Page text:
Distinguished Professor at The Australian National University (ANU) and Australian Academy of Science President, Chennupati Jagadish, has been elected an International Fellow of the United Kingdom's Royal Academy of Engineering.
Professor Jagadish was elected by his peers for his pioneering work in applying nanotechnology to semiconductor optoelectronic sources and detectors, as well as his significant contributions to semiconductor lasers, optoelectronic integration and nanowire devices.
His work is widely exploited in optical communication systems and infrared detectors used in the defence, biomedical and manufacturing industries.
Professor Jagadish is one of seven International Fellows elected this year, alongside 60 Fellows from within the United Kingdom and five Honorary Fellows.
Professor Jagadish said it is a great honour to be elected to such an esteemed body.
"I look forward to joining the Fellows of this national academy to champion excellence in engineering, both in practice and advocacy, and bringing its many benefits to the public," he said.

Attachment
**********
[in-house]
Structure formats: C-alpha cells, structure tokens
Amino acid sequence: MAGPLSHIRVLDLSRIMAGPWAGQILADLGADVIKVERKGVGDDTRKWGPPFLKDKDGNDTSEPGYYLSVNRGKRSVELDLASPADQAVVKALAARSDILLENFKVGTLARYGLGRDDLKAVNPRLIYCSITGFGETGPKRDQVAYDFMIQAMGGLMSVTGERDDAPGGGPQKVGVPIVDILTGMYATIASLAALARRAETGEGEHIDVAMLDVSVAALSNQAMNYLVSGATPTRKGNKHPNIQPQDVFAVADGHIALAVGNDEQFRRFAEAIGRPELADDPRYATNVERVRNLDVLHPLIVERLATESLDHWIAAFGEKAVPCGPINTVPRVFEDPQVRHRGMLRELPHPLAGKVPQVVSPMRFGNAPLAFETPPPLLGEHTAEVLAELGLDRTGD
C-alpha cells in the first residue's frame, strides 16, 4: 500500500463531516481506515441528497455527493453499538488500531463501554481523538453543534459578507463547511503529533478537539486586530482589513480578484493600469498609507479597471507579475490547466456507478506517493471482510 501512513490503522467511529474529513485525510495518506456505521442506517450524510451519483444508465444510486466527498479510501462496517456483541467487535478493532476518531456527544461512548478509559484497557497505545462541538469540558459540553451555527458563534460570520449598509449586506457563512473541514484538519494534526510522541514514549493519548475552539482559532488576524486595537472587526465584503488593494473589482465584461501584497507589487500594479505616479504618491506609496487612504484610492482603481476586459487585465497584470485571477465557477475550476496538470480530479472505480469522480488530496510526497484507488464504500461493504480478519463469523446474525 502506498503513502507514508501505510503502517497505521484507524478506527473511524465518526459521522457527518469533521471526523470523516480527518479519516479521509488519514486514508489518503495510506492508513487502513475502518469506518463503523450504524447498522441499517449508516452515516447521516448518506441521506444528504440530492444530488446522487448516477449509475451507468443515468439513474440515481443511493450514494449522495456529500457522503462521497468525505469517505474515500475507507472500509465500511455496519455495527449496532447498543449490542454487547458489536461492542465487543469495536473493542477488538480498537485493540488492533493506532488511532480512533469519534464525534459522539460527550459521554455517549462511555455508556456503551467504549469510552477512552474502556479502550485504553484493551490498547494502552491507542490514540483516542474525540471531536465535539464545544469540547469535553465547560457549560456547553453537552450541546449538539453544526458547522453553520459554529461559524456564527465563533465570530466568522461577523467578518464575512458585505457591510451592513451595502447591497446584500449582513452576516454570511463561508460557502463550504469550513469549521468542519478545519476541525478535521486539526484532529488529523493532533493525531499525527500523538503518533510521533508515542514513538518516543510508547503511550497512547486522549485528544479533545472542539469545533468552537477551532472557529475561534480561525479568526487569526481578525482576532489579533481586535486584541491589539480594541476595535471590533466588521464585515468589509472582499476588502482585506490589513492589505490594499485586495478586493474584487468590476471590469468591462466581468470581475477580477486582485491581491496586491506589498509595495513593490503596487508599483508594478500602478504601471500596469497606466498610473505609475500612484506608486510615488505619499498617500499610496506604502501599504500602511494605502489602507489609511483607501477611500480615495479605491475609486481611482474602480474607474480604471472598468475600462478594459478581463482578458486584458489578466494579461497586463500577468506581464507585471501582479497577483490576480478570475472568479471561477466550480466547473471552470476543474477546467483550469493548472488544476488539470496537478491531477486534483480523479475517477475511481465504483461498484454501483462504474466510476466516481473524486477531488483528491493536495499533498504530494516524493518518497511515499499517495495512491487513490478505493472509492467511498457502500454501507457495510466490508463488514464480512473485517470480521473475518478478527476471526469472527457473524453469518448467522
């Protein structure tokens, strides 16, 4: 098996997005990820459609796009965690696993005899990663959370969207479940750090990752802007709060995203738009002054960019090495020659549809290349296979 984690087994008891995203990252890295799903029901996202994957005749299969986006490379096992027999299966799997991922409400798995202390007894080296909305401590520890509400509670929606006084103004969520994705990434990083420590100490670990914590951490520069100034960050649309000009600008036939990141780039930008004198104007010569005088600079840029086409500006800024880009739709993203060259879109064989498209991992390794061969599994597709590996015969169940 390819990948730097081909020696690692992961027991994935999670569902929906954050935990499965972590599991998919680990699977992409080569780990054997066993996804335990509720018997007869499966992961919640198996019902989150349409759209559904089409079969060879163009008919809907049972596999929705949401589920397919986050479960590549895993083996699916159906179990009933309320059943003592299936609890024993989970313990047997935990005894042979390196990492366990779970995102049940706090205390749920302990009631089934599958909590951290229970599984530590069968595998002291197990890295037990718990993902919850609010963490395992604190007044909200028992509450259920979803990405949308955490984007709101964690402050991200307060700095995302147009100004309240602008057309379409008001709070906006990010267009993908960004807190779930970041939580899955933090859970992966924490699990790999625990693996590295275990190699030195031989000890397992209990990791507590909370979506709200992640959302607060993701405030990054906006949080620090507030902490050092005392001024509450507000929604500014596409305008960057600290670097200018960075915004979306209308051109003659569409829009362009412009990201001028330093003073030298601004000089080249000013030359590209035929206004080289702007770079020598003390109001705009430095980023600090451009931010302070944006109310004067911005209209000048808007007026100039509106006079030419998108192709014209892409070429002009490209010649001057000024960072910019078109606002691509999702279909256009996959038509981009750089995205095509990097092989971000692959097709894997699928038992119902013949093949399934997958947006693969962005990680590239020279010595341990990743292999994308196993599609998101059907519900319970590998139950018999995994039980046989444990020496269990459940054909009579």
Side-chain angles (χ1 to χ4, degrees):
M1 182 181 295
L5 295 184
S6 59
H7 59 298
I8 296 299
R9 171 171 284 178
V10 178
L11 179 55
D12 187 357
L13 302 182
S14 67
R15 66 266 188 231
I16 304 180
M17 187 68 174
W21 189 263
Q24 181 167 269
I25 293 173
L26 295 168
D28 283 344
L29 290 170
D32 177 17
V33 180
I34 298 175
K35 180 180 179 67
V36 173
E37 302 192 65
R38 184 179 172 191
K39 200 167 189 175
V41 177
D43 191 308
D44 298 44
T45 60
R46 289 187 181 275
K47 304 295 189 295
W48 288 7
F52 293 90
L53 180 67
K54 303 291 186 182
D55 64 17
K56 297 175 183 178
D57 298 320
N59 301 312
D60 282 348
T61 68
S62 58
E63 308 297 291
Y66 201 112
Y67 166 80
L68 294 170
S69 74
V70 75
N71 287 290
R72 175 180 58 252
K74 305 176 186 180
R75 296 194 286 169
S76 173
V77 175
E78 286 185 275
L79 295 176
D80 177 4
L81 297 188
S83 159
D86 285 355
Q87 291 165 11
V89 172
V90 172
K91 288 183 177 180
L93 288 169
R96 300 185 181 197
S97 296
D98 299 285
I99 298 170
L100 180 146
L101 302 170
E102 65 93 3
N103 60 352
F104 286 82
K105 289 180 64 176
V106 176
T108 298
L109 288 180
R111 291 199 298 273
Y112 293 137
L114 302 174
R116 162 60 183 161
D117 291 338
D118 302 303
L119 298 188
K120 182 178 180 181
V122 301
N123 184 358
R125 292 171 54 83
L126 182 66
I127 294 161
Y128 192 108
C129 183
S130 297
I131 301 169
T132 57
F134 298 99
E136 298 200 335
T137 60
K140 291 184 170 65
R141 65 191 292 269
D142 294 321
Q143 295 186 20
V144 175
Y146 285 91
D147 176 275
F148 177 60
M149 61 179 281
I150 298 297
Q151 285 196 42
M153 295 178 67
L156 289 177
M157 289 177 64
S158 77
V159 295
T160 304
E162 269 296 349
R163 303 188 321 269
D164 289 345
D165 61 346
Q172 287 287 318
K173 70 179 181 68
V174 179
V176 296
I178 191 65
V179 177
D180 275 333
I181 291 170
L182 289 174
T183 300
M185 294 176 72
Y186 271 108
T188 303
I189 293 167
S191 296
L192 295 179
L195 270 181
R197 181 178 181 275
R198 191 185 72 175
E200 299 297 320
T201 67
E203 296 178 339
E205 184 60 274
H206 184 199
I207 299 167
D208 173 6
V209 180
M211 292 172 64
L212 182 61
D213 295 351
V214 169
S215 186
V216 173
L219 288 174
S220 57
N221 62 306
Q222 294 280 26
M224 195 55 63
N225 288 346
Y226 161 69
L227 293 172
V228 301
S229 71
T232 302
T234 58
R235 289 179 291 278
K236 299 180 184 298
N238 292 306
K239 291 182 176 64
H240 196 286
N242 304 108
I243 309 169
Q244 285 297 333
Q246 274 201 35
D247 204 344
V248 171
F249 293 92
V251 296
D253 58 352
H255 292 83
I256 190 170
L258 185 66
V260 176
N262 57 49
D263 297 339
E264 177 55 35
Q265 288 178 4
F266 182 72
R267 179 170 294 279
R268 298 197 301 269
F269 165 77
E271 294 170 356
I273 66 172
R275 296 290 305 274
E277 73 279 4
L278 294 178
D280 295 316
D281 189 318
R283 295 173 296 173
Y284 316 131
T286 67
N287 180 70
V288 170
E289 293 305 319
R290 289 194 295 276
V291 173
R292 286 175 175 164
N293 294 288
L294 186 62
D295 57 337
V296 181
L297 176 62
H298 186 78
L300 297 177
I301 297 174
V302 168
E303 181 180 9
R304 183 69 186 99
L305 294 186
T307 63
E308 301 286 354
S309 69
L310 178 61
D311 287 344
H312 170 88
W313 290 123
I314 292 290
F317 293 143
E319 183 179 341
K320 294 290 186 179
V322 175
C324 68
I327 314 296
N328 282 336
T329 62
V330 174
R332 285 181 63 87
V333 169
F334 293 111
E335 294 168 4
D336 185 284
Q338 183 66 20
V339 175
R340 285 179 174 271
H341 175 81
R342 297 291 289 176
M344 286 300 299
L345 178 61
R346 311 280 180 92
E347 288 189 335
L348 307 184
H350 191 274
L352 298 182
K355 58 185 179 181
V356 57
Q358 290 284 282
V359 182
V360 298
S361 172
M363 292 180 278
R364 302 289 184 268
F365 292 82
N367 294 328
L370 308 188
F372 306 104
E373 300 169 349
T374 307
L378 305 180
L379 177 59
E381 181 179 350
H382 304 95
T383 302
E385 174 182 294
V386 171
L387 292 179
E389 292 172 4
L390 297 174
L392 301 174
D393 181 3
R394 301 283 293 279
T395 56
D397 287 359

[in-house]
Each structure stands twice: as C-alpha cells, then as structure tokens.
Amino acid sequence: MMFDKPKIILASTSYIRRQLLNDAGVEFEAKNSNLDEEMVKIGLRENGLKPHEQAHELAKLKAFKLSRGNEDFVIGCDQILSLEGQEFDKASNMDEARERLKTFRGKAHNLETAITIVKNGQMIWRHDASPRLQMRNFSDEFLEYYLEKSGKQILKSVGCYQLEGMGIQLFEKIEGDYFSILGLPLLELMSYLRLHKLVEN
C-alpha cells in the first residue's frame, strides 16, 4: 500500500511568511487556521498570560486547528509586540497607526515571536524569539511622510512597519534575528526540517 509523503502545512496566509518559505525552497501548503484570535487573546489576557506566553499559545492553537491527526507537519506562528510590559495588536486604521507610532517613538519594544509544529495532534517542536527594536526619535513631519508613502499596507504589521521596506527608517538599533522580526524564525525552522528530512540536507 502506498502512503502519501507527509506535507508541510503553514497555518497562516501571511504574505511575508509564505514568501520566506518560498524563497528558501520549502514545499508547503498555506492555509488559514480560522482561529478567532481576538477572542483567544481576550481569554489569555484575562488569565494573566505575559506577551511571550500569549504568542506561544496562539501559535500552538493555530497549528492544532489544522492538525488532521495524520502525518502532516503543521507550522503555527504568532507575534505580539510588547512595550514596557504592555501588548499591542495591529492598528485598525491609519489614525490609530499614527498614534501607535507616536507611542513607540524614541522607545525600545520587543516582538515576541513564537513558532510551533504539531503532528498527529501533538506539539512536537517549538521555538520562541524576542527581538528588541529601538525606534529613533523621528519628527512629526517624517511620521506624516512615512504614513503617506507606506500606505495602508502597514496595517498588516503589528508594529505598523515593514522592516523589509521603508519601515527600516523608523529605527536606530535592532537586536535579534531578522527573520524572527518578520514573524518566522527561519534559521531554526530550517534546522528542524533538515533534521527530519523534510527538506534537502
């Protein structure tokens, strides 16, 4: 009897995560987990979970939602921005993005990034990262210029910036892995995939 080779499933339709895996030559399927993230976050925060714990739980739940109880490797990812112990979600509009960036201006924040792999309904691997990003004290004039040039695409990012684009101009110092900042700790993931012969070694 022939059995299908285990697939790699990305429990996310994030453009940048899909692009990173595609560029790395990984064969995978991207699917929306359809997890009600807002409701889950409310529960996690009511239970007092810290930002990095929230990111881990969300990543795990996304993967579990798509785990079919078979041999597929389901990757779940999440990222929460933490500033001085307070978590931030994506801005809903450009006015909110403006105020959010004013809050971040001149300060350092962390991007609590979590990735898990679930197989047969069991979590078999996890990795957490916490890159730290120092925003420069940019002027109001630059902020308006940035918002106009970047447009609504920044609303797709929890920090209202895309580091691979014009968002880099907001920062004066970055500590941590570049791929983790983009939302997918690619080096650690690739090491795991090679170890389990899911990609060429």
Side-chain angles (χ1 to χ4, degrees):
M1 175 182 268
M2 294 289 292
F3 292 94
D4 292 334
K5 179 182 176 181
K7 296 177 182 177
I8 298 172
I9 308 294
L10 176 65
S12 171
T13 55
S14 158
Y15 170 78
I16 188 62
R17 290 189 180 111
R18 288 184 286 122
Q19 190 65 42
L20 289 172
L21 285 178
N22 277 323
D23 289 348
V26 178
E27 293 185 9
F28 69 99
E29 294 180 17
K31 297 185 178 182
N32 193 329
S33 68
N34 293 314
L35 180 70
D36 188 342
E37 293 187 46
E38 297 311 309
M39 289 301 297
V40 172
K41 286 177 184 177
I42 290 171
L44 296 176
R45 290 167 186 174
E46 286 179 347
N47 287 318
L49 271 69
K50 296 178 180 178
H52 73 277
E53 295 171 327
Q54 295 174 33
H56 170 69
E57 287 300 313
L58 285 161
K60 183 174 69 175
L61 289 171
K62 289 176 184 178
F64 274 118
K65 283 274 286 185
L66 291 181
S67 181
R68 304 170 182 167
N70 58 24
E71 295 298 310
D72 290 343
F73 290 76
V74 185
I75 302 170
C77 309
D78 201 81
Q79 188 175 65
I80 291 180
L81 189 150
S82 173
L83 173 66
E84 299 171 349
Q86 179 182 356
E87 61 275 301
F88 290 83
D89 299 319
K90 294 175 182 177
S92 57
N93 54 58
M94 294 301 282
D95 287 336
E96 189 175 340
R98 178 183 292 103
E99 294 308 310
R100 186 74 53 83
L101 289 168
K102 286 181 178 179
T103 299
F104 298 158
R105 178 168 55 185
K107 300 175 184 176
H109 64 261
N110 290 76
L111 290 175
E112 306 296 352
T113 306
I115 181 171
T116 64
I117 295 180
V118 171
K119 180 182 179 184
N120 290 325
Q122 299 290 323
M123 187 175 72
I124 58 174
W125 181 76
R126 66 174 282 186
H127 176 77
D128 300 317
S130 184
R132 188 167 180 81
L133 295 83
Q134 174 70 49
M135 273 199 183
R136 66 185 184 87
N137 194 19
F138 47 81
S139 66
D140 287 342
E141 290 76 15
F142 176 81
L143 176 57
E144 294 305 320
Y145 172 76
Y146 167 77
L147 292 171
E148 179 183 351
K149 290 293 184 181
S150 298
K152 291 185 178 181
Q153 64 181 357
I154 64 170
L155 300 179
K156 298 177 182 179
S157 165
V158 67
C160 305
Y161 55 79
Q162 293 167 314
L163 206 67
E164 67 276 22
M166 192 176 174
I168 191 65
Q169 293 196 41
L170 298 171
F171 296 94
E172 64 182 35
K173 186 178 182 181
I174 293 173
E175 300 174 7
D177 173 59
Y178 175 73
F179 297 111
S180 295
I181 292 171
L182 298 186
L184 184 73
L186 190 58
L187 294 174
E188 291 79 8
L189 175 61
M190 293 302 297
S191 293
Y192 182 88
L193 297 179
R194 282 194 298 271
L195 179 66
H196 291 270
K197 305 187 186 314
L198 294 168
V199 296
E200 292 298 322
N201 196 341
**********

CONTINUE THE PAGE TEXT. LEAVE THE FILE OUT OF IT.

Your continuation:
The Royal Academy of Engineering is the UK's national academy of engineering, providing leadership for engineering and technology and independent expert advice to government in the UK and elsewhere.
Founded in 1976 with support from the late HRH Prince Philip, and The Duke of Edinburgh, the Royal Academy of Engineering is composed of a Fellowship of almost 1,700 eminent engineers.
Sir Jim McDonald FREng, President of the Royal Academy of Engineering, said he was delighted to welcome such an array of enormously talented people to the Fellowship of the Royal Academy of Engineering.
"In an uncertain world, one thing is certain - engineering skills, vision and leadership will play a crucial part in addressing the escalating domestic and global challenges that we face today.
"The combined connectivity, professionalism, experience and wisdom of the new Fellows who join us today will greatly enrich the expertise and support we can provide to the government and to society in general," Sir McDonald said.